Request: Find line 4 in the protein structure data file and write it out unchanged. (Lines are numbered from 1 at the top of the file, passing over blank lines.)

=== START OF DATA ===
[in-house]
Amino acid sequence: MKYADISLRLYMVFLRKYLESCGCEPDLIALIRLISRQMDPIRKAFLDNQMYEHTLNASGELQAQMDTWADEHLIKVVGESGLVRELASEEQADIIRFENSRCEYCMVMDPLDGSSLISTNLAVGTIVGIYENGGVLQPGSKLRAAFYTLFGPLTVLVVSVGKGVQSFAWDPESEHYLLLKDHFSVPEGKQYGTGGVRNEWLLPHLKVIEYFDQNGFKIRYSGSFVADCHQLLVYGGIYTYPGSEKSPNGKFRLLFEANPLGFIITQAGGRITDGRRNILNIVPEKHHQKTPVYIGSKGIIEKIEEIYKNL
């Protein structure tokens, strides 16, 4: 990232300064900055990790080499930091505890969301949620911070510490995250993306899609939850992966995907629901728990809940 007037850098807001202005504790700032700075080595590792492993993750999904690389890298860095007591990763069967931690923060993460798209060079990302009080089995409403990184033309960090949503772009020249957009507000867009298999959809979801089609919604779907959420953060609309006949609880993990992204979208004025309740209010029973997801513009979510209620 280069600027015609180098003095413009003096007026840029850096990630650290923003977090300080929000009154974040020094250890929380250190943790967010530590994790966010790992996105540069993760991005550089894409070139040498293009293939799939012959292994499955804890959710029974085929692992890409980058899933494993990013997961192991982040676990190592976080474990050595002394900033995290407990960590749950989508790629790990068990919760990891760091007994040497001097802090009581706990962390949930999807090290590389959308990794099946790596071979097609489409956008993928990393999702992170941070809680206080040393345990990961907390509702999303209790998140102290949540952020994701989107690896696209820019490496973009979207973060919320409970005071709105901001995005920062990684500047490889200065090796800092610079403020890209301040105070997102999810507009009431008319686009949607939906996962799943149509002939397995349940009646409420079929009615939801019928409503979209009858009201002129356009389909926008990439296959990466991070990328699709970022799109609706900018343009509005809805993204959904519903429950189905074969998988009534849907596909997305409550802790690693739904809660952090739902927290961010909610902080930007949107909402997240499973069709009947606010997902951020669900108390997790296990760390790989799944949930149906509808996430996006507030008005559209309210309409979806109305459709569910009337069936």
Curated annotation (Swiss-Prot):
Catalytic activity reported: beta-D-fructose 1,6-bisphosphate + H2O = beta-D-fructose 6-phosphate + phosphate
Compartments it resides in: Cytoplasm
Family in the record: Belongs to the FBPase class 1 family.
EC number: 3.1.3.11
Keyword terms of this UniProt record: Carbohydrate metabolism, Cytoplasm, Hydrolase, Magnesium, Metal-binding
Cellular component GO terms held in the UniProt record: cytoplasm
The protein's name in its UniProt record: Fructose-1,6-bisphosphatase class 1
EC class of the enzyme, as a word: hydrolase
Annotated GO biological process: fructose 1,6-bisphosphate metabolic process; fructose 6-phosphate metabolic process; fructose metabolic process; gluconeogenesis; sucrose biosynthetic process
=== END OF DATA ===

Curated annotation (Swiss-Prot):